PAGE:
Kondozi Farm invasion revisited

HARARE - Businessman and former Kondozi Estate owner Edwin Moyo has launched a book detailing the invasion of his lucrative farm by “greedy Zanu PF politicians” at the height of the controversial and chaotic land reform programme in 2004.

Moyo told delegates attending the launch of his book entitled My Kondozi Story — The People’s Hope Pillaged on Wednesday in Harare that it was time for the whole world to know the truth about Zanu PF’s disastrous policies.

“The book is more about the sorrow, sadness and pain of thousands of people whose lives depended on Kondozi,” he said.

At the time of the invasion, Moyo owned 52 percent of 550-hectare farm and thrived at what was traditionally a white man’s business, running a horticultural company that stocked vegetable bins throughout Britain and brought in $15 million a year to the country.

Information at hand shows that a group of top government officials — including Information minister Chris Mushowe — who lived in Manicaland area coveted Kondozi for themselves and were eager to punish independent farmers, seeing them as the financial base for the opposition Movement for Democratic Change.

“They labelled me a crook, a fraud and a front for white men. It’s amazing how people who contribute significantly to the country’s gross domestic product are treated as criminals while those who are making money for themselves are heroes,” Moyo said.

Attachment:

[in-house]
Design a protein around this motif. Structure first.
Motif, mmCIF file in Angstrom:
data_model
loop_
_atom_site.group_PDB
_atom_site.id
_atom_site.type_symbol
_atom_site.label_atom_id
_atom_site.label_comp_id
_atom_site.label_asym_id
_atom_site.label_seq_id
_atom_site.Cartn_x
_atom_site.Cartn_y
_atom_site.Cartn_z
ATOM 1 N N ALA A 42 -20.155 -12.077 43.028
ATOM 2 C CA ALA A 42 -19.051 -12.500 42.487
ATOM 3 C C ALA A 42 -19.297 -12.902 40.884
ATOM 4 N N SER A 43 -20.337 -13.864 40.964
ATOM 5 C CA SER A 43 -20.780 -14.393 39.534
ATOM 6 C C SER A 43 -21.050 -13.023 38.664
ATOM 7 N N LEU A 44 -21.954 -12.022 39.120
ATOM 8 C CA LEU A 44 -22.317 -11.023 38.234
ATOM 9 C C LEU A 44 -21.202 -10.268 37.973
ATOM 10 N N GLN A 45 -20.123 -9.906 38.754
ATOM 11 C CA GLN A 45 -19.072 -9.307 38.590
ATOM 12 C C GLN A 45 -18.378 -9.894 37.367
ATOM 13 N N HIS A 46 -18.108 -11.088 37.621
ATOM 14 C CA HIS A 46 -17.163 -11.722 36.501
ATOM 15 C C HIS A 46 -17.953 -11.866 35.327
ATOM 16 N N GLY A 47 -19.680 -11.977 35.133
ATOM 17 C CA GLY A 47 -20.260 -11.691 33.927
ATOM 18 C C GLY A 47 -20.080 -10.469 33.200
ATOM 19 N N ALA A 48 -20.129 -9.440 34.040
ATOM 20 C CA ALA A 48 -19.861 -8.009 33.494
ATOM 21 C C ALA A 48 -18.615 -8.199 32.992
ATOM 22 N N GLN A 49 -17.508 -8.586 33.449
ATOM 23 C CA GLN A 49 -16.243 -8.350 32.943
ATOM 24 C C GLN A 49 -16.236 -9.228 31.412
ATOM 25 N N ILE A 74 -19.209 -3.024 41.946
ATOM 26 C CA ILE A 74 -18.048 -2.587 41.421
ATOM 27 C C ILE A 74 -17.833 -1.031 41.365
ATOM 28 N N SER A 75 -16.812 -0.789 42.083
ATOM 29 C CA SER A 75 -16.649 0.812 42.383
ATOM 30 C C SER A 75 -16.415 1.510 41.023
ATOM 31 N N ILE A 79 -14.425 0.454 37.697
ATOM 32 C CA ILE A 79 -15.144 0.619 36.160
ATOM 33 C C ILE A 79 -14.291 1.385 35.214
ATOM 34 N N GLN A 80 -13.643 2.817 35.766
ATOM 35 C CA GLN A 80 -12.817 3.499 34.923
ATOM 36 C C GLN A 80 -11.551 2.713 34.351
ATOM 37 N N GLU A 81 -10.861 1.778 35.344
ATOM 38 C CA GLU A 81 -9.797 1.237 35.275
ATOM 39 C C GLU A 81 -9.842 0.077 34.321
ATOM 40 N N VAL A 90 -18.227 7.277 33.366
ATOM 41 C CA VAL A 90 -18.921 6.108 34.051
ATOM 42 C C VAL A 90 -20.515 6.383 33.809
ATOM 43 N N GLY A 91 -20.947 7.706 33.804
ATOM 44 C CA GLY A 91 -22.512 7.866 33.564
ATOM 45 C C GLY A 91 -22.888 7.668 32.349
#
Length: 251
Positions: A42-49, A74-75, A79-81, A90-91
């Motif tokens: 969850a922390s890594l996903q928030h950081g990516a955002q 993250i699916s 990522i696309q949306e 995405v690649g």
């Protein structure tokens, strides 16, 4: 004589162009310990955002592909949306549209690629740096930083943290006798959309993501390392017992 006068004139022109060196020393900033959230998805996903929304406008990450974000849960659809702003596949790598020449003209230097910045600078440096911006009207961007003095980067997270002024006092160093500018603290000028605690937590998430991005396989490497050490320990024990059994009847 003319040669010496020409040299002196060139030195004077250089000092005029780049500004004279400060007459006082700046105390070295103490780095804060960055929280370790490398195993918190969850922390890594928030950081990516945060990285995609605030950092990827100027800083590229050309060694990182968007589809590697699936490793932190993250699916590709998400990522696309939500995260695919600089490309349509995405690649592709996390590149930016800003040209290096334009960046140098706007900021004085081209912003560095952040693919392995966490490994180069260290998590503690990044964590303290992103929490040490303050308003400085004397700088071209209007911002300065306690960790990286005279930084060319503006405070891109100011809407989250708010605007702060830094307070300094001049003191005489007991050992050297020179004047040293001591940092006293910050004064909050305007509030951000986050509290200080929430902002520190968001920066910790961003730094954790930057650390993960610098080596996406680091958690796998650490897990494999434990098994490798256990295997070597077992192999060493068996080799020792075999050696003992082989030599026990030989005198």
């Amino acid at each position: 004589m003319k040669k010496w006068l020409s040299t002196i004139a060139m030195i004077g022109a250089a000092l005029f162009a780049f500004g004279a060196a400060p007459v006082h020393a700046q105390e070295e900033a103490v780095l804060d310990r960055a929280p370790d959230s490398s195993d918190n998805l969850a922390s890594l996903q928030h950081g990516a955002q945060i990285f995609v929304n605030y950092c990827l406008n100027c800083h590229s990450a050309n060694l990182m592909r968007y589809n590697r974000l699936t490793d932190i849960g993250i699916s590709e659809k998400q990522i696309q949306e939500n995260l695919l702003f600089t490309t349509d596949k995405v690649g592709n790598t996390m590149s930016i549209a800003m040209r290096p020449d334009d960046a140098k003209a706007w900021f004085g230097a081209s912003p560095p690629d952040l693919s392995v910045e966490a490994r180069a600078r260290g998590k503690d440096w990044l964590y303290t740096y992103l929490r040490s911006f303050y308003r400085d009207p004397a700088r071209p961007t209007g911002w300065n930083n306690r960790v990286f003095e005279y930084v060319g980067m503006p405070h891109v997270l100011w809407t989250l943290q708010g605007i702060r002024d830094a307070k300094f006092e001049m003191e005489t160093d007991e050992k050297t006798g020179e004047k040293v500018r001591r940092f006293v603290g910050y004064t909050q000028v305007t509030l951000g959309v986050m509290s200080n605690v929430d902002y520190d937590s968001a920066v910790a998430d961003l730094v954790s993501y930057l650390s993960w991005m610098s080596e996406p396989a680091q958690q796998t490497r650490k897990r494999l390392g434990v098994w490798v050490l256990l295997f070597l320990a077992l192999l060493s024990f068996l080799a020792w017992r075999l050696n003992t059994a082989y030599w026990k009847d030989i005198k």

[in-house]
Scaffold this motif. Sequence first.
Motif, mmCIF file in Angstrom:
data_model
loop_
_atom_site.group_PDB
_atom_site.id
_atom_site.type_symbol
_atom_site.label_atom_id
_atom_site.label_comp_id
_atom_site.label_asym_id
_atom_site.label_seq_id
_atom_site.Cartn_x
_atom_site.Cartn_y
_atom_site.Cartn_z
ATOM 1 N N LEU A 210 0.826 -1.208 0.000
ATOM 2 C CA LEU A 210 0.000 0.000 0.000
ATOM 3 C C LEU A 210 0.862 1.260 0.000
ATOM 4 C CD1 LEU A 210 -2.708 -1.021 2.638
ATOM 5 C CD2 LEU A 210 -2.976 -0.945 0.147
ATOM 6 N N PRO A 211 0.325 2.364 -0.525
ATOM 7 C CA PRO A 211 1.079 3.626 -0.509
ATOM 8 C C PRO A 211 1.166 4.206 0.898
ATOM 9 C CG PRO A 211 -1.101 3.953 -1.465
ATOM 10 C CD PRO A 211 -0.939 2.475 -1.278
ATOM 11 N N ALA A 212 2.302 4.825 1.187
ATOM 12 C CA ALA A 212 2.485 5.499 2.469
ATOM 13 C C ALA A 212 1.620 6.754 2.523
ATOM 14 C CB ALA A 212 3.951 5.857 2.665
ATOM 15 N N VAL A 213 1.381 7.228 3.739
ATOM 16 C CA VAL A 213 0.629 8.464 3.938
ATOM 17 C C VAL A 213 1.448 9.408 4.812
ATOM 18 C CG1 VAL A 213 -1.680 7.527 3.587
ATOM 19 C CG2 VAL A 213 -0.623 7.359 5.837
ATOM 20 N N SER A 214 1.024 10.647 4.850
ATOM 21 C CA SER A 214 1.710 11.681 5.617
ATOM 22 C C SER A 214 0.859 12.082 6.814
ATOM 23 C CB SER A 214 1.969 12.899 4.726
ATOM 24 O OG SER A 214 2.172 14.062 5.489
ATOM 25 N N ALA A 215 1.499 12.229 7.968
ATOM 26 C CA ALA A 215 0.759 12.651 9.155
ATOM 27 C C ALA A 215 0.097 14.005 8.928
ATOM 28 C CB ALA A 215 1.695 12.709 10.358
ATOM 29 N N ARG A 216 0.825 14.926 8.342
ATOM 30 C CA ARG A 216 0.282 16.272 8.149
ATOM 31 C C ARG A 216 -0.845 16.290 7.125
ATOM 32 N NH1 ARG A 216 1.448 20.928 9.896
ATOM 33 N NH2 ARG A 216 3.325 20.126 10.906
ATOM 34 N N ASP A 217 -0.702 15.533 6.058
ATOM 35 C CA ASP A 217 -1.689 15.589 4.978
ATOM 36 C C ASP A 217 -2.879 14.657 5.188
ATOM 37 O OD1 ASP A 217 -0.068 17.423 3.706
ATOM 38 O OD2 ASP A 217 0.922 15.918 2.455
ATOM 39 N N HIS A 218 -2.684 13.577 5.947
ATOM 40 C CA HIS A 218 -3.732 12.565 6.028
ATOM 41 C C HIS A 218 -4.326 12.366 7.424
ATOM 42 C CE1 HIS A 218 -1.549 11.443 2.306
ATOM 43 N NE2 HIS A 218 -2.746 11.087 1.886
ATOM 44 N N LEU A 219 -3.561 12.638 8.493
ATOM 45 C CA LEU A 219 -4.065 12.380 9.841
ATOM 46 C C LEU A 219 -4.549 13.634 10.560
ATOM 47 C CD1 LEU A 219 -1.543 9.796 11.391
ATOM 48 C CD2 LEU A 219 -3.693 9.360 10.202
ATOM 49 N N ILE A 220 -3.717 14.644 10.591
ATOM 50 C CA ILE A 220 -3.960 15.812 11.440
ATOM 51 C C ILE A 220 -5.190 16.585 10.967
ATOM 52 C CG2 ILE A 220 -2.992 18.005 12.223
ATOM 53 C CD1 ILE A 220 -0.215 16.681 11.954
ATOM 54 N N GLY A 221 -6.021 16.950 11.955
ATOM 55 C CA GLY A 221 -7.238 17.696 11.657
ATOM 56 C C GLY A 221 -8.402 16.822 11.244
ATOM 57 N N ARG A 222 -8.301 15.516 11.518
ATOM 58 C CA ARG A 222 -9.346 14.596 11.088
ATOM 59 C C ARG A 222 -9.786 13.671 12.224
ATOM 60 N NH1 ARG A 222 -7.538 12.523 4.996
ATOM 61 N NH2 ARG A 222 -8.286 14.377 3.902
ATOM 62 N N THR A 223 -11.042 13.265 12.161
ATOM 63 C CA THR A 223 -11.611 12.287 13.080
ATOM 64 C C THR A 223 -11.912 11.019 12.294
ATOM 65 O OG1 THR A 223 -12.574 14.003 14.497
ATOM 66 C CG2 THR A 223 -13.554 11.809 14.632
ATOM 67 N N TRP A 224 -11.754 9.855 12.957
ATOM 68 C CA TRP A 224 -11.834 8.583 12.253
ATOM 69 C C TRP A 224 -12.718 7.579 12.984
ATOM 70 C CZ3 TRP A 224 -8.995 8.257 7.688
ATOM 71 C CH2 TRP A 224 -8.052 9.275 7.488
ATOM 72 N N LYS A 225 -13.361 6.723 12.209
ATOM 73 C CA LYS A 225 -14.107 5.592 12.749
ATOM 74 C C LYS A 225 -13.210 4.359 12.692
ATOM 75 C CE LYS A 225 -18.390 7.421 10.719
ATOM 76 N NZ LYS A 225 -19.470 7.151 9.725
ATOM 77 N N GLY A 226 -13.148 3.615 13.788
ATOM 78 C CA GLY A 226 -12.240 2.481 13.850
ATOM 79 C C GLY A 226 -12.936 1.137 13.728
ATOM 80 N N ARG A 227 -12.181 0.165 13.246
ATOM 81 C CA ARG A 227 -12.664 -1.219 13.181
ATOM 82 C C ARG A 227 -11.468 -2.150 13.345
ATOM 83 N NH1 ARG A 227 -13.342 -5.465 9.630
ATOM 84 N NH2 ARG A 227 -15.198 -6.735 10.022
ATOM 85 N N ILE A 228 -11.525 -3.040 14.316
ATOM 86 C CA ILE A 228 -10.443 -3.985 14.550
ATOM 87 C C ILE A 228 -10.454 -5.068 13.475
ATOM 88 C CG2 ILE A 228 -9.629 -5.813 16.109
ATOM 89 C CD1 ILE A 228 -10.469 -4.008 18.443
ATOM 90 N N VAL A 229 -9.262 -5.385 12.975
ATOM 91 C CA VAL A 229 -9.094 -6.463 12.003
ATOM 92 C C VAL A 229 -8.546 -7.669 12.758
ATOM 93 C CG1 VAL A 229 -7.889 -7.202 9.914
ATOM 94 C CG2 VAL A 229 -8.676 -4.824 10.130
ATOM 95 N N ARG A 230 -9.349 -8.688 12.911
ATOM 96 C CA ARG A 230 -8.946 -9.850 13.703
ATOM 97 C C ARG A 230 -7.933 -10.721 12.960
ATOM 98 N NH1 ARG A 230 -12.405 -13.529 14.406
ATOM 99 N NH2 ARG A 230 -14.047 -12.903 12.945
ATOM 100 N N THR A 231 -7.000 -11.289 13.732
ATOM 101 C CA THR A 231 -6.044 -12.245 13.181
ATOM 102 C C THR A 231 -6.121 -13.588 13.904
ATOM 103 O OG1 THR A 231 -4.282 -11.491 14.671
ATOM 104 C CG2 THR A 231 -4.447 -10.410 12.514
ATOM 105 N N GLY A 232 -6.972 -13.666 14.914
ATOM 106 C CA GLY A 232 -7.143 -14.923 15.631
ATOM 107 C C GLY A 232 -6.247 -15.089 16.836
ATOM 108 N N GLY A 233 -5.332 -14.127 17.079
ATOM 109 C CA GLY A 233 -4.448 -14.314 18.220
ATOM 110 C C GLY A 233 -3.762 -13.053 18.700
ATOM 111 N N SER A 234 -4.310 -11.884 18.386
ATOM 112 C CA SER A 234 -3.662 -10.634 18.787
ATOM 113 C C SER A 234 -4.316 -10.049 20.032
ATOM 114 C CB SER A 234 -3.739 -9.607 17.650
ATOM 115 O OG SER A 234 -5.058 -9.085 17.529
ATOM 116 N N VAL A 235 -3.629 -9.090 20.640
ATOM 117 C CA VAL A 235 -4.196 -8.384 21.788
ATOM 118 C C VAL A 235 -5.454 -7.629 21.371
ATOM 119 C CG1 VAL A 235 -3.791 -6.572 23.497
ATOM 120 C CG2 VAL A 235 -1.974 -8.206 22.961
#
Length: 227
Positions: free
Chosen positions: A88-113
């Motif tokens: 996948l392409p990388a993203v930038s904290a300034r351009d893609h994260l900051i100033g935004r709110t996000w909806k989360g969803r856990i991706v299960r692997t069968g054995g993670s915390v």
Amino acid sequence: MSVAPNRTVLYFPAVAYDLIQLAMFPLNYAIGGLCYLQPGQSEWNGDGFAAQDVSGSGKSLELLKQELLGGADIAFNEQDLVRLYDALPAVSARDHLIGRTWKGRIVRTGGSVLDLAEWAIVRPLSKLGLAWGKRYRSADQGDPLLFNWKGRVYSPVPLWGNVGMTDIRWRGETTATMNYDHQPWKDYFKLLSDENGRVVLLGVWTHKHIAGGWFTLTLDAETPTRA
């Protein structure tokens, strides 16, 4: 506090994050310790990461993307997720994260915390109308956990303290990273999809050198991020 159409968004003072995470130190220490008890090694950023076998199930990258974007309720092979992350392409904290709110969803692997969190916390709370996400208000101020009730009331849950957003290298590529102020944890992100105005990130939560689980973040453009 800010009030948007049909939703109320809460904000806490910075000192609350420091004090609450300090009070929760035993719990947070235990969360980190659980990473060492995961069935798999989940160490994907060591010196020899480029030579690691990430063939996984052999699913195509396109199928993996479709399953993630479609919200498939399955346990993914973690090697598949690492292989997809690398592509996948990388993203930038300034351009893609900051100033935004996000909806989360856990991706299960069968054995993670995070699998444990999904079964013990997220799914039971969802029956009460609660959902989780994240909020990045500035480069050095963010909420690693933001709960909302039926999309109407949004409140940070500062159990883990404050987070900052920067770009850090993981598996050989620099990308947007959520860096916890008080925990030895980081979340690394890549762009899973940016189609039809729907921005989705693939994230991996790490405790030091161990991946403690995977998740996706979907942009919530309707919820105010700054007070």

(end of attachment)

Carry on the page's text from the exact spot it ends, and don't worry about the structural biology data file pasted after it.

Moyo was accused by the Zanu PF-led government of being a front for his partners Piet De Klerk and Adrian Zeenberg at Kondozi, which employed 15 000 people between 1997 and 2004.

Zimbabwe embarked on a controversial land reform programme in the year 2000 that saw at least 4 000 white commercial farmers being forced off their productive farms to pave way for over 440 000 landless blacks.

The former farm owners in many cases fled to Britain, Australia or over the border to Zambia, where the agricultural industry is flourishing.

However, the former farm workers have become destitute after they were also forced off the land when the political elites invaded the land.

In the process, Zimbabwe has been transformed from a nation that was known as southern Africa’s breadbasket into a country where hunger is common.

Official figures indicate that at least 4,5 million people — more than a third of Zimbabwe’s 13 million people — are desperately in need of food aid due to an El Nino-induced drought.

Bank of Zambia former governor Caleb Fundanga, who was guest of honour at the book launch, said what happened in Zimbabwe should never be allowed to occur anywhere in Africa.

“African countries must learn from Zimbabwe’s mistake where people’s hopes were pillaged by a few individuals through the destruction of a diversified agricultural system. The story of the collapse of the Zimbabwean dollar is well known,” he said.

Fundanga said it was no wonder that Zimbabwe moved from being “an African jewel” to a net importer of food, and in the process benefited a number of countries in the sub-region such as Malawi and Zambia, which had previously imported from Zimbabwe.

Following the establishment of the Inclusive Government in 2009, Moyo reinvented himself and started a horticultural project in the country and has also secured a deal to supply agriculture products to the European market.  

 

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